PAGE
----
When I was training at The Gestalt Institute of Toronto, my teacher Joanne had a saying:
“Trying is lying.”
It made no sense to me then, in fact I really didn’t like hearing it. I was constantly trying. I worked hard at everything because I had to get better. There was an exhausting, driving need to prove that I was intelligent, caring, kind, and lovable.
Though I wasn’t aware of what made me feel unworthy, I was definitely committed to changing this bad feeling with pure perseverance and effort. It was an unhelpful cycle of doing, learning, and becoming that left little room for being and experiencing. I thought that with time, I would heal and learn to be different and then, finally, I’d be happier and I could relax and enjoy my life.
This is a familiar cognitive distortion known as the “if…then” thinking that often sounds like, “If you get another degree, then you’ll be credible, if you lose those extra 10 pounds then you’ll feel confident, if you give more time then you’re a good friend, if you sacrifice more then you’re a good mother…” but the good feeling never lasts. Soon we’re back to feeling not okay and needing to figure out what is lacking so we can try harder. The trying itself is habit-forming because it works in giving us a false sense of control over the quality of happiness or unhappiness we’re experiencing at that moment. I believe this is in part what makes self-help books so popular and addictive.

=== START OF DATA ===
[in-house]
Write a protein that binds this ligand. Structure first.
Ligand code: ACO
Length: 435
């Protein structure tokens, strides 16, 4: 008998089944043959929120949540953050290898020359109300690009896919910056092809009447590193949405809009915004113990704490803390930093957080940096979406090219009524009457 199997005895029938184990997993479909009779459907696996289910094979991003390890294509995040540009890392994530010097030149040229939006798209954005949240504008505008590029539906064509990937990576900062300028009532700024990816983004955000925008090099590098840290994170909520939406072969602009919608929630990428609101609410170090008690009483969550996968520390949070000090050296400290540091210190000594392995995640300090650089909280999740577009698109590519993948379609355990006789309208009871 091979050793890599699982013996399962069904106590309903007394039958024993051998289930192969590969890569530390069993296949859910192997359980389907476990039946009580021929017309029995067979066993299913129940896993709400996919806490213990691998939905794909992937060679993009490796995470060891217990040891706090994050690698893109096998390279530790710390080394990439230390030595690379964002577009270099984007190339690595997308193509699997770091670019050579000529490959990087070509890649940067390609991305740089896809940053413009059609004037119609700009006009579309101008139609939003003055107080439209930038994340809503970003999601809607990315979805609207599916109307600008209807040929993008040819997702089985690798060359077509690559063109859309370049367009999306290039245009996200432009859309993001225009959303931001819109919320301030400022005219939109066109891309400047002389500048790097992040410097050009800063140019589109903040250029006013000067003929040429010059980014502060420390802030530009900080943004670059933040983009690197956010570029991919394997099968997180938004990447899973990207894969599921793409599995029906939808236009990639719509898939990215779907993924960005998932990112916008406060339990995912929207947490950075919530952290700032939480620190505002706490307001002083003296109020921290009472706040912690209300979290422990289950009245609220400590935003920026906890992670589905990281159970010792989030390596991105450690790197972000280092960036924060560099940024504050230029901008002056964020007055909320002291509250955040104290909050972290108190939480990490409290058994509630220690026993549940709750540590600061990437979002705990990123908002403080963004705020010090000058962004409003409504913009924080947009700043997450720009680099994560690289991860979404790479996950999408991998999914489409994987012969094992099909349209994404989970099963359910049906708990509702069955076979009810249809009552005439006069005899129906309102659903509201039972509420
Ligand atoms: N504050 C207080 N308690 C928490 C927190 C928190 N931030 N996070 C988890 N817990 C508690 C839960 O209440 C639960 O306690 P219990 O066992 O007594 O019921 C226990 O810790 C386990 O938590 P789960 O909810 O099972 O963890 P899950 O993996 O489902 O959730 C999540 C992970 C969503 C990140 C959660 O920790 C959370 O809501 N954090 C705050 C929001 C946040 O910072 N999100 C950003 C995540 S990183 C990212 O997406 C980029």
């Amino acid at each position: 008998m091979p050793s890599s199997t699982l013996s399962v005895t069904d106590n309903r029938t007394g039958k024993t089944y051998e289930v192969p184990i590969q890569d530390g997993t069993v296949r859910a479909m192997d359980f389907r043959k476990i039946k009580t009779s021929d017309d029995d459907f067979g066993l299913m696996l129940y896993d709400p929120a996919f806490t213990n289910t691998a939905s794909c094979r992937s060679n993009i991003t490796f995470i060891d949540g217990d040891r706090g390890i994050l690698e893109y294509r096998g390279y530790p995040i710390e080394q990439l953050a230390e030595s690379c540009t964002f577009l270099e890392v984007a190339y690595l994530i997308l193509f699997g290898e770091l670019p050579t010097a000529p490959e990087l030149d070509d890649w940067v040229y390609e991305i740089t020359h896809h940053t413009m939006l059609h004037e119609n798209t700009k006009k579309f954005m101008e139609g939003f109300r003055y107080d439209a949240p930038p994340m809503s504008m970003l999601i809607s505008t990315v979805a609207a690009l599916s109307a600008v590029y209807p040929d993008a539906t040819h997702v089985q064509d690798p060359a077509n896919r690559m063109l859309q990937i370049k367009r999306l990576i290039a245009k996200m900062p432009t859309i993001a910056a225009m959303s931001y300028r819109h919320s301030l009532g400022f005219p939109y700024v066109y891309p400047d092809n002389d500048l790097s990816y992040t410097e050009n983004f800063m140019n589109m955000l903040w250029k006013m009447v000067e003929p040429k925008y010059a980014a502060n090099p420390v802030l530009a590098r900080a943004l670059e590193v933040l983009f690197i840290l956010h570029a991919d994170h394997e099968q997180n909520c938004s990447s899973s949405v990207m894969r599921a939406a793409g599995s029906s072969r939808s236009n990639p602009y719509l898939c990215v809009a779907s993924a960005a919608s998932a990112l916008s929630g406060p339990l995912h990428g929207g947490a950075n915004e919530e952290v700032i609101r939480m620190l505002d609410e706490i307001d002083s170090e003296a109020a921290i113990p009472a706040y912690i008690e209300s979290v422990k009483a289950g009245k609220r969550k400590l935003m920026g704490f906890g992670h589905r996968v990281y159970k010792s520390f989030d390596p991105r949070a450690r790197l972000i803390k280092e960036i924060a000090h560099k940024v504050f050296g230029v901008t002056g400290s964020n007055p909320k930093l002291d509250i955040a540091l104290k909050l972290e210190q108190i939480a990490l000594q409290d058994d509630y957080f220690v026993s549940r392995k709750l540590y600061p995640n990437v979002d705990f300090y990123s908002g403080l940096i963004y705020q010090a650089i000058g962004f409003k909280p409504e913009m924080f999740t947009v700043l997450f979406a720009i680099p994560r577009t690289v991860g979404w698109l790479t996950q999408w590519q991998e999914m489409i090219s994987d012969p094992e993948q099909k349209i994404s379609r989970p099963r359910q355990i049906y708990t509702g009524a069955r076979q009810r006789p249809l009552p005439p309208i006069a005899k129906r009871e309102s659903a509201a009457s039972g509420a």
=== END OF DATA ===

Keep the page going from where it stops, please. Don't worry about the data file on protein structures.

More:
What’s needed isn’t more time or effort. The more we try and change ourselves or others, the more this may be perceived as pressure. Feeling unacceptable evokes more resistance and can have the opposite effect. This way of being related to feels conditional. Change must be freely chosen, in awareness, for one’s own process of evolution. It requires unconditional neutrality toward the end result. This means that we must be willing to accept who we are, as are we, in order to feel safe enough to risk growth. We have to make sure that our efforts to change are not in fact reminders that we’re unacceptable, unlovable, and unworthy.
No one changes unless he or she wants to or sees a need for it. And more importantly, instead of pushing ourselves with the fuel of “not enoughness” we can begin to change with a growth mindset that is self-supportive.
It’s powerful to move from, “I’m not okay and/or you’re not okay. I/you need to change to be happy,” to “I’m okay, you’re okay. I choose to believe that we are inherently good people whose behaviours may be reflecting and perpetuating wounds. I am willing to see my part and allow you to awaken to yours on your own timing. I honour my experience and trust myself to keep evolving toward fulfillment as needed.”
Go ahead, reread that last part and see if and how it resonates differently.
Using the analogy of gardening, you are the gardener. You work the land, plant the seed, and provide the necessary conditions for light, water, and nutrients. Under your care, the seed will then grow to its full potential, whatever that may be. You can’t force a flower to be brighter, prettier, or more scented than what it is. Yet all flowers have beauty in their own process of blooming. Setting an intention for change without preconditions for acceptance and love is what makes the risk of changing feel less frightening.
If you’re always working hard at trying to be a better self, you’re likely lying to yourself about your inherent self-worth. Trust that every stage of growth is necessary and that even now, as imperfect as you may feel at times, you are deserving of experiences that reflect your innate goodness.